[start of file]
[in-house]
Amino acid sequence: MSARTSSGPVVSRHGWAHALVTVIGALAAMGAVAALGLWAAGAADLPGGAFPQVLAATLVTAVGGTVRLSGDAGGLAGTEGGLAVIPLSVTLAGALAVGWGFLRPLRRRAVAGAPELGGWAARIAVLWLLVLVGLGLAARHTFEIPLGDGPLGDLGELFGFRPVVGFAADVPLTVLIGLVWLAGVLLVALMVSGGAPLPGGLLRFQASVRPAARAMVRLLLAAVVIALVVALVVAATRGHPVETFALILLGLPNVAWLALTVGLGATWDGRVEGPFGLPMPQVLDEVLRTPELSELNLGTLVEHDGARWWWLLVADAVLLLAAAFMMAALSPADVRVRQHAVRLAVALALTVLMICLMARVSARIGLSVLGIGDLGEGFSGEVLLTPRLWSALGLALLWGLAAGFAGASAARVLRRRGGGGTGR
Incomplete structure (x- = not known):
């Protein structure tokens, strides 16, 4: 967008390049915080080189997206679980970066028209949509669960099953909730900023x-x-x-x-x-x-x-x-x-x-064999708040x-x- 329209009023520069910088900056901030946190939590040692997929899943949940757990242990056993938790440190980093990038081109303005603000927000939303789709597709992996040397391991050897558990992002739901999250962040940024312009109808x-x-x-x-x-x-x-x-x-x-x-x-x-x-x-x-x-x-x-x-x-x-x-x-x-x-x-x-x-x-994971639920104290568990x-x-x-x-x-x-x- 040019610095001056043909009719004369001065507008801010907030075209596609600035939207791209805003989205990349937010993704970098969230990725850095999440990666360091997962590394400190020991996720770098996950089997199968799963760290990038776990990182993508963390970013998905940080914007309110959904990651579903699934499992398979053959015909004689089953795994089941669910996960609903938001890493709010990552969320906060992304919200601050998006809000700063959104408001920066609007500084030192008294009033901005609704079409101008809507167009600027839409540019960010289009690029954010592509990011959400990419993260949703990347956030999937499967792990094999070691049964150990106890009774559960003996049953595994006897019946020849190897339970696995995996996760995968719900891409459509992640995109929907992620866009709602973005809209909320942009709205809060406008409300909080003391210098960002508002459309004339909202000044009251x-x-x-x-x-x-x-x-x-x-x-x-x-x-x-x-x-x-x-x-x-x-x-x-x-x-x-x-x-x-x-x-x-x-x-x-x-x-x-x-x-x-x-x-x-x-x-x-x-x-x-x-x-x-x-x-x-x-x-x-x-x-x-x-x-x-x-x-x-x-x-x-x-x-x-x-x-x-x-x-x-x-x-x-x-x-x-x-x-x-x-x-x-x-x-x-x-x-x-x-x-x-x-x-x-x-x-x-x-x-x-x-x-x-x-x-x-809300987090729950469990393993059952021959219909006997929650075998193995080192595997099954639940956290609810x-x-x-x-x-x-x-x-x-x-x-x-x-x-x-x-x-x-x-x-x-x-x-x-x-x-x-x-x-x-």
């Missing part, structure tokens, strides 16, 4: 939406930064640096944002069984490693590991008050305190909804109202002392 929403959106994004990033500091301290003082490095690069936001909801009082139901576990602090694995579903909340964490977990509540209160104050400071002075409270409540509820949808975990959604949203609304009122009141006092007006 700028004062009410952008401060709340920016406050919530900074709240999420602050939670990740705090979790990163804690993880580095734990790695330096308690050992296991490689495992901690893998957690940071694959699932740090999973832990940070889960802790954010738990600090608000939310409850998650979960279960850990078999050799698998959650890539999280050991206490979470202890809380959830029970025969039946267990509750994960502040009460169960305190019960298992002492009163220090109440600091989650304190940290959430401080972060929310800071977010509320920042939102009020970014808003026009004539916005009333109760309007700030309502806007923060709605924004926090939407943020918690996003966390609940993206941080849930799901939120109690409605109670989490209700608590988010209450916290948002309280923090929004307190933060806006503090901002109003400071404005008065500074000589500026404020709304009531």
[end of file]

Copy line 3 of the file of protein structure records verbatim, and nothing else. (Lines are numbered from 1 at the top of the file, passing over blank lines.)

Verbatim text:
Incomplete structure (x- = not known):